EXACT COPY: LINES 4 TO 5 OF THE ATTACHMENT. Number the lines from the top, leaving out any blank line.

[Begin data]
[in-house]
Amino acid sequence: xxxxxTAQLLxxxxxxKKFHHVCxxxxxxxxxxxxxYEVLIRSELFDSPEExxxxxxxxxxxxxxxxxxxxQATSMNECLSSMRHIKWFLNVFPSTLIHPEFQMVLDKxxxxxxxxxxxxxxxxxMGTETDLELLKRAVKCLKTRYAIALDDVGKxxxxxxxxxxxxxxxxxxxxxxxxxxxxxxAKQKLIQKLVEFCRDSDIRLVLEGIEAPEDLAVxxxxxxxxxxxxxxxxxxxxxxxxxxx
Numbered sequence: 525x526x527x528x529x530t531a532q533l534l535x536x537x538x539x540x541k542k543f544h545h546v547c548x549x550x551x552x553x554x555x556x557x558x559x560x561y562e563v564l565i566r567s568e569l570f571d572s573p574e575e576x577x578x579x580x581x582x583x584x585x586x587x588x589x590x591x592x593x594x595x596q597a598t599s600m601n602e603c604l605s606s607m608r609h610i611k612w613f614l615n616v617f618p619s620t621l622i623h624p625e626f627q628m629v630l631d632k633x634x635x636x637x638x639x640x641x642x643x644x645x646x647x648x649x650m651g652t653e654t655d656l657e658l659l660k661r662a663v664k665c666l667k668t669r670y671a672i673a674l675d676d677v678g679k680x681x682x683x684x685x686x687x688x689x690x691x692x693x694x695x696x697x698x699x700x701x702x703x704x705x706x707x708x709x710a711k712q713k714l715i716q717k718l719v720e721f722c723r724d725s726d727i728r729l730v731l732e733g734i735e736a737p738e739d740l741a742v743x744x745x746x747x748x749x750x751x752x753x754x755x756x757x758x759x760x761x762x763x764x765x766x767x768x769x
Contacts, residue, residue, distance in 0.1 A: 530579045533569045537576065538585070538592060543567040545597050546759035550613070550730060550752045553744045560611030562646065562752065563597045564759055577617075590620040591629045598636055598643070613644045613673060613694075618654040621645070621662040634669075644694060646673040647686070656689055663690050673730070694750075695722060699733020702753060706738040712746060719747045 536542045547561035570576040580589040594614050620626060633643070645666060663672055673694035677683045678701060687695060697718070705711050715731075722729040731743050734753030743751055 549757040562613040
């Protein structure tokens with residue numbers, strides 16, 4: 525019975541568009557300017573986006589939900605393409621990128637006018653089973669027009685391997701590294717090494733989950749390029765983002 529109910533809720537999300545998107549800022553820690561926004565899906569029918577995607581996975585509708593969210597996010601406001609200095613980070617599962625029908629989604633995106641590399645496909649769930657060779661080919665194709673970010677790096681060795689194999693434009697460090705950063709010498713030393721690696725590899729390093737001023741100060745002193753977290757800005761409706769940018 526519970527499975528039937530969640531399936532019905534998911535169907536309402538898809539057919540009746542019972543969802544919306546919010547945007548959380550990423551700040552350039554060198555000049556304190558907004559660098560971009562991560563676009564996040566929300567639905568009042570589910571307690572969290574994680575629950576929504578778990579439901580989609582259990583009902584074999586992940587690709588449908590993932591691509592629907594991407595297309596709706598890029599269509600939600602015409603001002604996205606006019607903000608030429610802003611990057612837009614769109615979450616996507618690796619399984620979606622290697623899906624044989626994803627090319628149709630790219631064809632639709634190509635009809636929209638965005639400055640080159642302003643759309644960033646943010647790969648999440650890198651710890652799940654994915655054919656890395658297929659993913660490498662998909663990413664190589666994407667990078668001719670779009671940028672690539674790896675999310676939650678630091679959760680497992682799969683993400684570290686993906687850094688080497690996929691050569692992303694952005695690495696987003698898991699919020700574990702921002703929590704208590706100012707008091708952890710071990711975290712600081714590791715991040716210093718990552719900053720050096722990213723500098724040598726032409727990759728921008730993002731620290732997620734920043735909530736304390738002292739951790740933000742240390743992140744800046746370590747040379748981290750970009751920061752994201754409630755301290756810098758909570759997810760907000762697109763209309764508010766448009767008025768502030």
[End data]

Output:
Contacts, residue, residue, distance in 0.1 A: 530579045533569045537576065538585070538592060543567040545597050546759035550613070550730060550752045553744045560611030562646065562752065563597045564759055577617075590620040591629045598636055598643070613644045613673060613694075618654040621645070621662040634669075644694060646673040647686070656689055663690050673730070694750075695722060699733020702753060706738040712746060719747045 536542045547561035570576040580589040594614050620626060633643070645666060663672055673694035677683045678701060687695060697718070705711050715731075722729040731743050734753030743751055 549757040562613040
């Protein structure tokens with residue numbers, strides 16, 4: 525019975541568009557300017573986006589939900605393409621990128637006018653089973669027009685391997701590294717090494733989950749390029765983002 529109910533809720537999300545998107549800022553820690561926004565899906569029918577995607581996975585509708593969210597996010601406001609200095613980070617599962625029908629989604633995106641590399645496909649769930657060779661080919665194709673970010677790096681060795689194999693434009697460090705950063709010498713030393721690696725590899729390093737001023741100060745002193753977290757800005761409706769940018 526519970527499975528039937530969640531399936532019905534998911535169907536309402538898809539057919540009746542019972543969802544919306546919010547945007548959380550990423551700040552350039554060198555000049556304190558907004559660098560971009562991560563676009564996040566929300567639905568009042570589910571307690572969290574994680575629950576929504578778990579439901580989609582259990583009902584074999586992940587690709588449908590993932591691509592629907594991407595297309596709706598890029599269509600939600602015409603001002604996205606006019607903000608030429610802003611990057612837009614769109615979450616996507618690796619399984620979606622290697623899906624044989626994803627090319628149709630790219631064809632639709634190509635009809636929209638965005639400055640080159642302003643759309644960033646943010647790969648999440650890198651710890652799940654994915655054919656890395658297929659993913660490498662998909663990413664190589666994407667990078668001719670779009671940028672690539674790896675999310676939650678630091679959760680497992682799969683993400684570290686993906687850094688080497690996929691050569692992303694952005695690495696987003698898991699919020700574990702921002703929590704208590706100012707008091708952890710071990711975290712600081714590791715991040716210093718990552719900053720050096722990213723500098724040598726032409727990759728921008730993002731620290732997620734920043735909530736304390738002292739951790740933000742240390743992140744800046746370590747040379748981290750970009751920061752994201754409630755301290756810098758909570759997810760907000762697109763209309764508010766448009767008025768502030």